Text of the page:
This is a book about who we are today, and how we have become who we are. It is about the engineers of the modern soul, the entrepreneurial self. It is essential reading for all those who care about the incessant demands placed on us to become more than we are, to become entrepreneurs of our selves, to maximise and optimise our capacities in ways that align personal identity and political responsibility. – Professor Peter Miller, London School of Economics & Political Science Ulrich Bröckling claims that the imperative to act like an entrepreneur has turned ubiquitous. In Western society there is a drive to orient your thinking and behaviour on the objective of market success which dictates the private and professional spheres. Life is now ruled by competition for power, money, fitness, and youth. The self is driven to constantly improve, change and adapt to a society only capable of producing winners and losers. The Entrepreneurial Self explores the series of juxtapositions within the self, created by this call for entrepreneurship. Whereas it can expose unknown potential, it also leads to over-challenging. It may strengthen self-confidence but it also exacerbates the feeling of powerlessness. It may set free creativity but it also generates unbounded anger. Competition is driven by the promise that only the capable will reap success, but no amount of effort can remove the risk of failure. The individual has no choice but to balance out the contradiction between the hope of rising and the fear of decline. Ulrich Bröckling is Professor of Cultural Sociology at the Albert-Ludwigs-University Freiburg, Germany.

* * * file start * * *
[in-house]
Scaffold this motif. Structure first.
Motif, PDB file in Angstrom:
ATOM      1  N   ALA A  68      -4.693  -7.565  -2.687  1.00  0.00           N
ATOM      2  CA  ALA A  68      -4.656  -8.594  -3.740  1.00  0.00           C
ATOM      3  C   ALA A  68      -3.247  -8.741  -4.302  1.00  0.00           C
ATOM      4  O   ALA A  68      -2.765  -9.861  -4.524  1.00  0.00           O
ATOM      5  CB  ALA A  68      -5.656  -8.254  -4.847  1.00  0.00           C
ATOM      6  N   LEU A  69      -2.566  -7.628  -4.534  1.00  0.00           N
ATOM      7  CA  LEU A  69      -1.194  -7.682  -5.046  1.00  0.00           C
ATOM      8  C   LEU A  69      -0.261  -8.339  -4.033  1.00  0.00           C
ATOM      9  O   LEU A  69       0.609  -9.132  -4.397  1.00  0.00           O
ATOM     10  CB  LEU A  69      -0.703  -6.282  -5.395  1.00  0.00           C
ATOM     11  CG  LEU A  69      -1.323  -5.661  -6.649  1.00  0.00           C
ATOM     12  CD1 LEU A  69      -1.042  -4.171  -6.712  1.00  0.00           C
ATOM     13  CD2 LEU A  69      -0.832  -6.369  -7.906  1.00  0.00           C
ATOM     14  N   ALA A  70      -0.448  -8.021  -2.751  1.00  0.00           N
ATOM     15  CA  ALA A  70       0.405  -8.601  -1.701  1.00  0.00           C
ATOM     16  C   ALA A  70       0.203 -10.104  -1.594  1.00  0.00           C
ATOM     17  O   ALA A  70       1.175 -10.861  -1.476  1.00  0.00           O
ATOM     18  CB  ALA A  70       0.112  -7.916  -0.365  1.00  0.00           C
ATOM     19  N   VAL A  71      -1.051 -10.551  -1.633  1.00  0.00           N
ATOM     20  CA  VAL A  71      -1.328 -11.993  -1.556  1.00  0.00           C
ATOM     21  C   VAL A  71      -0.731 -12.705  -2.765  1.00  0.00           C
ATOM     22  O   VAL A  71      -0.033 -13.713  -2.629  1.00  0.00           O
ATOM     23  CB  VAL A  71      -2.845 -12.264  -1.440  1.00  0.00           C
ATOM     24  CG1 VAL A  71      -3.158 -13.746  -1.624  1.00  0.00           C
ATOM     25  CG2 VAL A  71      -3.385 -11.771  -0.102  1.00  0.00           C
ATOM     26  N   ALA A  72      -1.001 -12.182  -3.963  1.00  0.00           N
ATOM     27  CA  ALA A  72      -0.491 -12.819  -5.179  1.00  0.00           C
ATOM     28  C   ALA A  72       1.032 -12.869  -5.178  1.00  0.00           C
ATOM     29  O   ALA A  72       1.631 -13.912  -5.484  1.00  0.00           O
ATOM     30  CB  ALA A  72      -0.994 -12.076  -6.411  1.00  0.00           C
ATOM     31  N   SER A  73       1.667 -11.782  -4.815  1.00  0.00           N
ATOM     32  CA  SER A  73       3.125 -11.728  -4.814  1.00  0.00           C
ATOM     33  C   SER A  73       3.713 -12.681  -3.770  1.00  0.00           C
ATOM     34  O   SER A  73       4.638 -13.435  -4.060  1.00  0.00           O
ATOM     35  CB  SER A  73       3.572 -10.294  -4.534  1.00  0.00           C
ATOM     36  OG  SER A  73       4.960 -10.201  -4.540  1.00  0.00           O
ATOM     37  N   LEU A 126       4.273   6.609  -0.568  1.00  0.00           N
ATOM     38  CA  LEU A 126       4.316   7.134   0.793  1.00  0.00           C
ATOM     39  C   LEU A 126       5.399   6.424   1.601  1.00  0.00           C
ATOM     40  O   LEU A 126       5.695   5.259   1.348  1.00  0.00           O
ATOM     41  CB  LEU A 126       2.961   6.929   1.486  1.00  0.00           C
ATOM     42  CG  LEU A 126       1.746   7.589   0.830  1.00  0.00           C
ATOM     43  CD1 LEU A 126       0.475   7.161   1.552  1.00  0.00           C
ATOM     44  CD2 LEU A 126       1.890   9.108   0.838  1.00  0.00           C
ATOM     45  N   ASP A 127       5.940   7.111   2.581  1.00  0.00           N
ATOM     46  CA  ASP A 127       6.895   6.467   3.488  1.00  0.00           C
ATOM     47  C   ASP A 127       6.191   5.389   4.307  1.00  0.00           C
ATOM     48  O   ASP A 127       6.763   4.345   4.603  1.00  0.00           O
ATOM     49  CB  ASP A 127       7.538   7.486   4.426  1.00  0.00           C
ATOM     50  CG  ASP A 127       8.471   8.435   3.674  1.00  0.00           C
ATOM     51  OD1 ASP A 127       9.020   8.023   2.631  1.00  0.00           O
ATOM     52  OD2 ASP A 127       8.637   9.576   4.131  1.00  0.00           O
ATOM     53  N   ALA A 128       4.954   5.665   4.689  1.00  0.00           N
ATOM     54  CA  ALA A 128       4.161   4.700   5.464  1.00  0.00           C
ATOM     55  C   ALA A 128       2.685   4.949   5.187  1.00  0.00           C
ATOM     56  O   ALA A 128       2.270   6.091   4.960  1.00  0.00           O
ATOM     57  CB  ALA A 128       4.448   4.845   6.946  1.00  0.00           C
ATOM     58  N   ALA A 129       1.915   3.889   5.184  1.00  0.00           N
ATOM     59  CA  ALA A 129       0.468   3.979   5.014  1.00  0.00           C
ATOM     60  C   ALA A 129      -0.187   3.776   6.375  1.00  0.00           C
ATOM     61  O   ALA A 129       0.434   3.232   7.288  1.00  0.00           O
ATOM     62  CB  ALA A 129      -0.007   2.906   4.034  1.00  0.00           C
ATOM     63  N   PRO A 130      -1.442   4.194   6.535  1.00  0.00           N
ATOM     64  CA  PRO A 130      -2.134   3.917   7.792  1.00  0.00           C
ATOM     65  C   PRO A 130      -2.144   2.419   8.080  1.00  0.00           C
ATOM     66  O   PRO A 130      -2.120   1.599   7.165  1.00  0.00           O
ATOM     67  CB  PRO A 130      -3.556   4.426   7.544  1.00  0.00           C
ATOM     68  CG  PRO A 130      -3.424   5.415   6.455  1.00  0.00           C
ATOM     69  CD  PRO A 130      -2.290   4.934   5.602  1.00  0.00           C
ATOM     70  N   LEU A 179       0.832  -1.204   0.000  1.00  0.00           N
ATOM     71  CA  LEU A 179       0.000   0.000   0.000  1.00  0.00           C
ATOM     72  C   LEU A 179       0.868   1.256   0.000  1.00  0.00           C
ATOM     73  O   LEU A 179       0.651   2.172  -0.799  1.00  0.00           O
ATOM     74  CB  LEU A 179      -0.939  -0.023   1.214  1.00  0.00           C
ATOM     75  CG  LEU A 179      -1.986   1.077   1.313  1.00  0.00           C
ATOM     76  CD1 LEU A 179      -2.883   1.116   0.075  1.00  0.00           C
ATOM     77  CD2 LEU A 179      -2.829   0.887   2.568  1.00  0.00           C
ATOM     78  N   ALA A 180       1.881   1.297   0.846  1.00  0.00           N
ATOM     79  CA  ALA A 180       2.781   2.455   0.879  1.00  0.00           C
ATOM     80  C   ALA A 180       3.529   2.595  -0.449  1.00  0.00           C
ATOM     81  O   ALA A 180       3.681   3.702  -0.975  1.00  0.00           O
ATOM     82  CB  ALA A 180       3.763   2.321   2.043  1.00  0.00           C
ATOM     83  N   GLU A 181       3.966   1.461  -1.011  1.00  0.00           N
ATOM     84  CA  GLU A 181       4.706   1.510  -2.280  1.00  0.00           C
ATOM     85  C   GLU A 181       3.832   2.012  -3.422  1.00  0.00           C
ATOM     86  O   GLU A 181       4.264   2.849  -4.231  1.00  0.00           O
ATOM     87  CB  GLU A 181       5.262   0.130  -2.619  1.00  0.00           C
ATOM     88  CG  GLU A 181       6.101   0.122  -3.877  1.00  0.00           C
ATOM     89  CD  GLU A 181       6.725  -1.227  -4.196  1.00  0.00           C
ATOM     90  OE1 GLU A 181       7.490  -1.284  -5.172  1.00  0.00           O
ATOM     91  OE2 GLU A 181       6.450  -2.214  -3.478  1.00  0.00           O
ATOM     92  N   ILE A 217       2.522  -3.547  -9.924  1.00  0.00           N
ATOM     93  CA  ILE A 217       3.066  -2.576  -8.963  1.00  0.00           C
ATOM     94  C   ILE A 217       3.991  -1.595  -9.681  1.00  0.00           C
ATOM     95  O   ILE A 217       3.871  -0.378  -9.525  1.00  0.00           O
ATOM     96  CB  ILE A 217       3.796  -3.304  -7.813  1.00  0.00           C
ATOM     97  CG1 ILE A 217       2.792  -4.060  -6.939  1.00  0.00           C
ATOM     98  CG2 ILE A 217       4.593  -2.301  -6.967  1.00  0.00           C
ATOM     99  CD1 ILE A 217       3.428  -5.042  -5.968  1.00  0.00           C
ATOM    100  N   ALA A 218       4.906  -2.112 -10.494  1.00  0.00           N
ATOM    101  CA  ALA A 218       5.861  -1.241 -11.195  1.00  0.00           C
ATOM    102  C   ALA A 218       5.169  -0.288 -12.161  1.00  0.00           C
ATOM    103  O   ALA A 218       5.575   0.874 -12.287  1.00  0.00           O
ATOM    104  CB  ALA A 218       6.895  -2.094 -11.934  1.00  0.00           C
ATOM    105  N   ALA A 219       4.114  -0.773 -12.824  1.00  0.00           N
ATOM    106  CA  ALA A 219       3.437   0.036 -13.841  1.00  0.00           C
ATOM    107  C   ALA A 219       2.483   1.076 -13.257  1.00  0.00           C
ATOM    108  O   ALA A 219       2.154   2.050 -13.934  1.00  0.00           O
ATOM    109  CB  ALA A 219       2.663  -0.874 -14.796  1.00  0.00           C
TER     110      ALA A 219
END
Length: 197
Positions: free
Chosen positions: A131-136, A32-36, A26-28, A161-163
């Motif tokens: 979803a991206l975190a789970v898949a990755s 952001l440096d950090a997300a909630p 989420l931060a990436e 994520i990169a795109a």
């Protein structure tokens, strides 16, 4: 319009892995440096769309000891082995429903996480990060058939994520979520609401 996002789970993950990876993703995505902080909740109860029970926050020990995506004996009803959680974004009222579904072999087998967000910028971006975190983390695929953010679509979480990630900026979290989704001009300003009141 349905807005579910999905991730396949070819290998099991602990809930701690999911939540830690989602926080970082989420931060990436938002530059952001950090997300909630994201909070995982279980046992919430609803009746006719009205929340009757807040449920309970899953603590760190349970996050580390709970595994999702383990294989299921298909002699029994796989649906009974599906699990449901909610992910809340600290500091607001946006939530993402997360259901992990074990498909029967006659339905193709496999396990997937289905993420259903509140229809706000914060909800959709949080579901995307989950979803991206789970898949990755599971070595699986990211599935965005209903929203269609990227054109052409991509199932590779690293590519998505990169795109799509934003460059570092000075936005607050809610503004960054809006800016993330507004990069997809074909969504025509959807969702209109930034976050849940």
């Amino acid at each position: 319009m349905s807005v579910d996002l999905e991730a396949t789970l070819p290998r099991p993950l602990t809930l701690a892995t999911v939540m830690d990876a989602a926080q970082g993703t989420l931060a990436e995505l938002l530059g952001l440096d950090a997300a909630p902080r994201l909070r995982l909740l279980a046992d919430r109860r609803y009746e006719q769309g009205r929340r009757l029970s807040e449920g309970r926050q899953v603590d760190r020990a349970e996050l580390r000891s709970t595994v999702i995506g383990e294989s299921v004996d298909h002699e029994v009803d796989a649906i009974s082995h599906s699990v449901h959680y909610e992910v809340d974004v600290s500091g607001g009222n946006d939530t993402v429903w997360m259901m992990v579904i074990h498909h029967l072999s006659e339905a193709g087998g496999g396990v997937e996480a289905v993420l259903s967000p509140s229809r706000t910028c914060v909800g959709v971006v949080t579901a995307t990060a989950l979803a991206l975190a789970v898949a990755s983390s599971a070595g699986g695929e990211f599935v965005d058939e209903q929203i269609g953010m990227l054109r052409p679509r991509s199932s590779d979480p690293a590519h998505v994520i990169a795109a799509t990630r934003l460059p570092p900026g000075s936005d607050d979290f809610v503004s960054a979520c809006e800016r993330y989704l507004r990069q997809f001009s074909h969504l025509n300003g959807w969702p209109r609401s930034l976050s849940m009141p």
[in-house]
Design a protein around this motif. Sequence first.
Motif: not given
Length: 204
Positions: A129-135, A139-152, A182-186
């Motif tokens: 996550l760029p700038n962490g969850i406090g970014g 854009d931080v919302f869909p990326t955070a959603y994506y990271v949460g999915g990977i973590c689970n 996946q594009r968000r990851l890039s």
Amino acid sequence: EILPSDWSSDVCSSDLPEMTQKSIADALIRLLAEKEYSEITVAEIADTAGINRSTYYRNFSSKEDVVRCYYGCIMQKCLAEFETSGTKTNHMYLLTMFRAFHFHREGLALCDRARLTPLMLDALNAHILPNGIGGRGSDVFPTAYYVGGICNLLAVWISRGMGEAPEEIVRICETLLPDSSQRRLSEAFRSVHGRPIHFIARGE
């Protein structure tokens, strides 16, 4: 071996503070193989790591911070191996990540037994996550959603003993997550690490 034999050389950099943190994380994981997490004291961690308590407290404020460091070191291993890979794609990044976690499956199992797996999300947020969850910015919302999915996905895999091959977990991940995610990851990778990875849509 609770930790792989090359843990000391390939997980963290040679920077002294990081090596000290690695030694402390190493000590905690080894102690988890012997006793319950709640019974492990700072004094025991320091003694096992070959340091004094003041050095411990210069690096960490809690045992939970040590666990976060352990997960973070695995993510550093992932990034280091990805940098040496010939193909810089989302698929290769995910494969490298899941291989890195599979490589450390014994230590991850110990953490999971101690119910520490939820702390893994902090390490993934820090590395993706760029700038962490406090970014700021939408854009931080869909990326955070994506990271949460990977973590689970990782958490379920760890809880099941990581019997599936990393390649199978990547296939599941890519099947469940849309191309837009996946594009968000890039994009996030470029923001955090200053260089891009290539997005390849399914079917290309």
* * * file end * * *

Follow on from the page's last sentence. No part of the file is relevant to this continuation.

The Contractual World

The Contractual World

Would you consider undertaking a joint venture with yourself?

A hen chicken proposes a joint venture to a pig. The pig asks the hen what they would produce together. The hen answers: ham and eggs. Impressed by the market, the pig falls into a long meditation. Then, finally, it has an important idea: but that would mean that I get slaughtered and you’d be doing better than ever. The hen answers nonplussed: what do you expect? That’s the whole point of a joint venture.

You start a joint venture only if you are a hen, but if you do a joint venture with yourself then you’re also the pig.1

There are contracts everywhere in everyday life: contracts of purchase, rent, employment, insurance, ...

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